Turkish Constitutional Court has recently rejected an application of a law enforcement officer by stating that there was no disproportion in the penalty of dismissal from the profession due to his unlawful viewing of personal data. View the full Pekin Bayar Mizrahi Law Firm article, “Turkish Constitutional Court rejects law enforcement officer’s dismissal appeal."
In recent days, Turkish Constitutional Court (“TCC”) decided on the application made by the applicant, with the claim that the expression of “…to make an inquiry…” found in subparagraph (aa) of paragraph (6) of Article 8 of the Law on the Adoption of the Decree-Law on General Law Enforcement Disciplinary Provisions numbered 7068, which regulates the penalty given to the applicant, a public official (law enforcement officer) who was sentenced to dismissal from profession on the grounds that he displayed personal data unlawfully, was against the constitution.
The applicant stated that "there is no doubt that the act of making an unauthorized inquiry about persons through the system requires disciplinary punishment, but the fact that the act of simply viewing personal data is considered the same as acts such as disseminating and disclosing this data and punishing them with dismissal is incompatible with the principle of proportionality, which is a requirement of the rule of law, that there is no fair balance between the act and the disciplinary punishment foreseen to this act, that therefore, the said rule is against the constitution on the ground that the aforementioned rule contradicts with Article 2 of the Constitution.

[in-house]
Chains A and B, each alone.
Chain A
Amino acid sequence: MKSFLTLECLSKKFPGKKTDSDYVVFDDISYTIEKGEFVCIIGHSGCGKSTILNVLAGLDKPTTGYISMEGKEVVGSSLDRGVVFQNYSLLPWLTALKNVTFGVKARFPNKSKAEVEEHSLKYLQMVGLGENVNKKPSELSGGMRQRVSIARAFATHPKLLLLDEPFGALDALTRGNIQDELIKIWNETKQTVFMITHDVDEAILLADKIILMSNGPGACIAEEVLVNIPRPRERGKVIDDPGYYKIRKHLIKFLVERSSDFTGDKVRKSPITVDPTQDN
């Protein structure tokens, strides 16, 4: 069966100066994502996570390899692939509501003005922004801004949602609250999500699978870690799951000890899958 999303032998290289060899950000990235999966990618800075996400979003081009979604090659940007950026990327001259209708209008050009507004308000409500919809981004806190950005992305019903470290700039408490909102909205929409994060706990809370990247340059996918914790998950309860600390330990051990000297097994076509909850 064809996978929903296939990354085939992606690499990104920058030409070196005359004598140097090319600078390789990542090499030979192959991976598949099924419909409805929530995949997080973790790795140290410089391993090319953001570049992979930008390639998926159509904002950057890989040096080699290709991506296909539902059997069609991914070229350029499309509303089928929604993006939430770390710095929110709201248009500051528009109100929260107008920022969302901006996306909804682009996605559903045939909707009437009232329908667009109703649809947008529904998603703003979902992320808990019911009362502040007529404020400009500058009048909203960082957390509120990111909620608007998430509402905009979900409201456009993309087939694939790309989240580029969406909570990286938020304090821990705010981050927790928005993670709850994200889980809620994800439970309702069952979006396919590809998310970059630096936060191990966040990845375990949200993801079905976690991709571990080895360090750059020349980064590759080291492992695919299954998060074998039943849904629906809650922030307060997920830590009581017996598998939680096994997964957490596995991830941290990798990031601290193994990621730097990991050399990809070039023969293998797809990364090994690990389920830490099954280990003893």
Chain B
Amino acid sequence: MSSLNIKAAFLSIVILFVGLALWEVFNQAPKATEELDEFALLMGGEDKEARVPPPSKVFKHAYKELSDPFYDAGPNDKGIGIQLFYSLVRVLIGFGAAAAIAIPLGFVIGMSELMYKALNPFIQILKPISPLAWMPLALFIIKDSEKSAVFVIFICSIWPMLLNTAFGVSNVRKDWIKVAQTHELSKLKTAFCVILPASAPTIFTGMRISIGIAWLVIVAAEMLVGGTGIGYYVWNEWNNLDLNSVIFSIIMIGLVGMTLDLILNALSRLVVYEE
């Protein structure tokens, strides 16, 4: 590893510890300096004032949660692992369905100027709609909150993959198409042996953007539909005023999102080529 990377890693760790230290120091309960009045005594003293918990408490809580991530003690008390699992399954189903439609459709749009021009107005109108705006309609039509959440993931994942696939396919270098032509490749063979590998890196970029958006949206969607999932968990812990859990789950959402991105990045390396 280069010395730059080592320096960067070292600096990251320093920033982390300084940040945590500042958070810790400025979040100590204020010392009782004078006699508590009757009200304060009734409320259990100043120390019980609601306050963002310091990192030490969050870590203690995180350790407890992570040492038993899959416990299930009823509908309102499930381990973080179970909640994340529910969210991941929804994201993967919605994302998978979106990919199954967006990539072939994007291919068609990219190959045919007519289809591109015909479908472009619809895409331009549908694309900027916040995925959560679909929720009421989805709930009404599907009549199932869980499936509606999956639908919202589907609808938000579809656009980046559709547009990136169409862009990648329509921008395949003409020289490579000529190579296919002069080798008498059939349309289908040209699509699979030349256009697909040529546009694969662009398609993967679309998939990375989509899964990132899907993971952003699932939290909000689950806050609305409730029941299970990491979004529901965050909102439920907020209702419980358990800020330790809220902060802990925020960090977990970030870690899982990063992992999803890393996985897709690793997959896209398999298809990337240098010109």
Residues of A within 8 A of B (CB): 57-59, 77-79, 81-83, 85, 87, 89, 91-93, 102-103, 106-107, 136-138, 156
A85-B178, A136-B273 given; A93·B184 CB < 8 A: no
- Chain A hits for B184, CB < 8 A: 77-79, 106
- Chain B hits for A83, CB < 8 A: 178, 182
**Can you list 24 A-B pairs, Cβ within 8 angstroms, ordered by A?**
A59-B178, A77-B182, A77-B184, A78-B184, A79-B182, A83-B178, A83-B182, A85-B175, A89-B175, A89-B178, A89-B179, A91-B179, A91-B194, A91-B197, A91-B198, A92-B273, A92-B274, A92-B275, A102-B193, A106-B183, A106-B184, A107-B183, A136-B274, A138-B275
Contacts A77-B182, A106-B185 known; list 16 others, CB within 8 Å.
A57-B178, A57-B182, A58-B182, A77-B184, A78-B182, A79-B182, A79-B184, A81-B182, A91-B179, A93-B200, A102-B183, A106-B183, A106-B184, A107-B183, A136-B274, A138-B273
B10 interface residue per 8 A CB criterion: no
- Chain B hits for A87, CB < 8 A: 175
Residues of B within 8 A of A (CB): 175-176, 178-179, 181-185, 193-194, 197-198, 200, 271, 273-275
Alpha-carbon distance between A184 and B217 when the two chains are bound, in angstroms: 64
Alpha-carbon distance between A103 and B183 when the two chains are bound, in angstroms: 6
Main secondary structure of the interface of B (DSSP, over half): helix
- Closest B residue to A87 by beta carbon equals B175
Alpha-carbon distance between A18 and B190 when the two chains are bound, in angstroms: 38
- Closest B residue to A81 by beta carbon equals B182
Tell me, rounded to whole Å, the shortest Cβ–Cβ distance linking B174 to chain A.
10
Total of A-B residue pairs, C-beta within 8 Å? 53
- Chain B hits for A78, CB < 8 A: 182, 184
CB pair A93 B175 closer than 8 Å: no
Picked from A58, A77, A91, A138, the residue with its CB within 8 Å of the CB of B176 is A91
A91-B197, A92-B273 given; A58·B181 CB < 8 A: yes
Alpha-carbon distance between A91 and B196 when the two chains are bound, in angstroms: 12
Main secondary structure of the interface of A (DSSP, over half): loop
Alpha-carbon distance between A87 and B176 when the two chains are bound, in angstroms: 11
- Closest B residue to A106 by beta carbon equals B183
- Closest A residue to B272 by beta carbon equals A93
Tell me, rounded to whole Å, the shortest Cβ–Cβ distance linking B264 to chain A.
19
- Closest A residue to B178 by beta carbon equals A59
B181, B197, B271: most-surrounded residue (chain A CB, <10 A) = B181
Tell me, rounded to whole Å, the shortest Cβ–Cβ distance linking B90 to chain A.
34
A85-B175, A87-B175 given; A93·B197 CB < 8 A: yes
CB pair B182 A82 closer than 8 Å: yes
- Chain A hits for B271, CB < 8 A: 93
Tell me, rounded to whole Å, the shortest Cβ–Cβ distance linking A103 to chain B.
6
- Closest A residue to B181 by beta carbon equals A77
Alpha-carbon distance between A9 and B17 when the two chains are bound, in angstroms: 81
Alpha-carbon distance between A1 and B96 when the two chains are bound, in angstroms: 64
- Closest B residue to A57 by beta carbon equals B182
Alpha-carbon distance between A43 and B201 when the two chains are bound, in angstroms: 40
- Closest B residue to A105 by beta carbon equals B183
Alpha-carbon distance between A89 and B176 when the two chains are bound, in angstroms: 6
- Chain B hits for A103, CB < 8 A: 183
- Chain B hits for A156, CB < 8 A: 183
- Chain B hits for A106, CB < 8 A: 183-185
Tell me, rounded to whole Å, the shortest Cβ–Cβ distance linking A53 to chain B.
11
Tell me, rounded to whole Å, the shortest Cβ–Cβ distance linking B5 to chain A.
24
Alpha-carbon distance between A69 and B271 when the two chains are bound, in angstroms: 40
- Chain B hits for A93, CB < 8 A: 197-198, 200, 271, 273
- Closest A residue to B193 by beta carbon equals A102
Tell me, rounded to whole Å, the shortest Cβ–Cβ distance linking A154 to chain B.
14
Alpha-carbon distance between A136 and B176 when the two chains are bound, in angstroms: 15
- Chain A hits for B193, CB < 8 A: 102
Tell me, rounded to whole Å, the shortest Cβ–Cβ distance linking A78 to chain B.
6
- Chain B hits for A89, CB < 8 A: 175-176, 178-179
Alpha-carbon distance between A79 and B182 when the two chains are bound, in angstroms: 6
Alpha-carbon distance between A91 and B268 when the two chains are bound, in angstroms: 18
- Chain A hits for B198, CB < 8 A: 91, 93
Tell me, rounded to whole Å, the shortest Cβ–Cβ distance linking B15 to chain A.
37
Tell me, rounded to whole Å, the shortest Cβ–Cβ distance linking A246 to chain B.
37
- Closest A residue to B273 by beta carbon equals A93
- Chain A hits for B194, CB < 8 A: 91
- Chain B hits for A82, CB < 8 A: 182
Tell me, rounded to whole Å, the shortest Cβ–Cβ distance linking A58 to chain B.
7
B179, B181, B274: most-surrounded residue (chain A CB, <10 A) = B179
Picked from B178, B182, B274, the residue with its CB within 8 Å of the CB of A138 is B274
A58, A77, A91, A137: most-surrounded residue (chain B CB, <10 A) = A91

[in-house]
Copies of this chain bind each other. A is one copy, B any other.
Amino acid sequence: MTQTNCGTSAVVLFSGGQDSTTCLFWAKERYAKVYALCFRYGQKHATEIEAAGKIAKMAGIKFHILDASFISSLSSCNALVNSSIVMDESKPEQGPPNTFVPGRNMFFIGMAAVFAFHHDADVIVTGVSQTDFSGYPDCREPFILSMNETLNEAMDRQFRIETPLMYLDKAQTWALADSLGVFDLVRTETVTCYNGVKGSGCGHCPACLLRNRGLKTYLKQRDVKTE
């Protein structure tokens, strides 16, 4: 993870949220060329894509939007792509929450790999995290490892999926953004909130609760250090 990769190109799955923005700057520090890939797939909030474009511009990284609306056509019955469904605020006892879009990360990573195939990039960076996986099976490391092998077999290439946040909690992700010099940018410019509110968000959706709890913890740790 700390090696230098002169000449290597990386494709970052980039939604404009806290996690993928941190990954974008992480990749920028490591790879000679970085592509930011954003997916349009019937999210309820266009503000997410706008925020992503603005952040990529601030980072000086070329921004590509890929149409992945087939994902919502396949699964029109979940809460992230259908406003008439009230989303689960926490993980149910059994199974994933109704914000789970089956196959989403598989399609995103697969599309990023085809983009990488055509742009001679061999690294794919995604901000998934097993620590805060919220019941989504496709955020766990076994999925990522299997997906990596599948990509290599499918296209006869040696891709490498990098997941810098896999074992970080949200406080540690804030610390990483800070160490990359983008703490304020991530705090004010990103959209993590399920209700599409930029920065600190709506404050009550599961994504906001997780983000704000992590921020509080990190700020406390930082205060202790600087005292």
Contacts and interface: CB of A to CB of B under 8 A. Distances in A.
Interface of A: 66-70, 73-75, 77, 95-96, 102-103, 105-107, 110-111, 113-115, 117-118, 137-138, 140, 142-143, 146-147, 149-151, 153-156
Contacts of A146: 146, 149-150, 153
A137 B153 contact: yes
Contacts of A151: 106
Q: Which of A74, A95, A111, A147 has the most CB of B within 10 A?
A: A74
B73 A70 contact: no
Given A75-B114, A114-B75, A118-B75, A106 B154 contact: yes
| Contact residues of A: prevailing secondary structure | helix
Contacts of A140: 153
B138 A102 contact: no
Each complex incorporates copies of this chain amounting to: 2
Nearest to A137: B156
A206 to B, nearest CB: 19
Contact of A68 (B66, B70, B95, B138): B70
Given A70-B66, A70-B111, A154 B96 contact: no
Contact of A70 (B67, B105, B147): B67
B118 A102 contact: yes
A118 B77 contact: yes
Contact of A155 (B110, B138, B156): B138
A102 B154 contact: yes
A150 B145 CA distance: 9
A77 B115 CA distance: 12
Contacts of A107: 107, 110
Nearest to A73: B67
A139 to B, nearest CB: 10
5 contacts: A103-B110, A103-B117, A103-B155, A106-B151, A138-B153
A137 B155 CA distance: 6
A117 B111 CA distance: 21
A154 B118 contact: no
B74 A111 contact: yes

The Constitutional Court, in its decision, noted that it should be determined whether the unlawful viewing of personal data by public personnel is related to the qualifications required by the title of public official, by emphasizing that the right to entry into public services specified in Article 70 of the Constitution is not regulated as an unlimited right, that therefore, the legislator has been given the authority to set various criteria as to whether the personnel, to be employed, is suitable for the qualifications of the job.
In this regard, it was concluded by the TCC that the violation of the right to the protection of personal data, which is protected by Article 20 of the Constitution, by the public official, who is responsible for protecting and observing the Constitution before anyone else, in accordance with Article 129 of the Constitution, is also incompatible with the principle of the rule of law. Therefore, the TCC has rejected the application by stating that acting in accordance with the guarantees in the Constitution regarding the protection of personal data is one of the qualifications required for being a public official and that there was no disproportion in the penalty of dismissal from profession for this reason, also because there was no obstacle to the applicant's employment in other public institutions if he meets the necessary conditions. TCC thereby ruled that the expression “…to make an inquiry…” in subparagraph (aa) of paragraph (6) of Article 8 of the Law on the Adoption of the Decree-Law on General Law Enforcement Disciplinary Provisions numbered 7068 was not against the Constitution.